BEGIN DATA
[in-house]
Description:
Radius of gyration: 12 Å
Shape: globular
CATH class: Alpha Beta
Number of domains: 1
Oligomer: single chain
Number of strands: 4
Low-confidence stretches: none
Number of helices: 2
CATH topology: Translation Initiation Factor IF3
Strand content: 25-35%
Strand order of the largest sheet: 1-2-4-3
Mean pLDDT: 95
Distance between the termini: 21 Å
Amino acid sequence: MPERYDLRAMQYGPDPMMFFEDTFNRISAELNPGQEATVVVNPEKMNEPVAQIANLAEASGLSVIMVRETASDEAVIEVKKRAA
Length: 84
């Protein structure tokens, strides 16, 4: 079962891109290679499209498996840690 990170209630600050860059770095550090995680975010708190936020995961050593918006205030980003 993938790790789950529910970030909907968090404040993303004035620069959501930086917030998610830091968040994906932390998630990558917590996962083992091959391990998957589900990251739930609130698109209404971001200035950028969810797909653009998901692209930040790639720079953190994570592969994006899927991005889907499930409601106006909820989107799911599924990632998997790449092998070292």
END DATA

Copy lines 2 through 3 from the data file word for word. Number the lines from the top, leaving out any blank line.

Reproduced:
Description:
Radius of gyration: 12 Å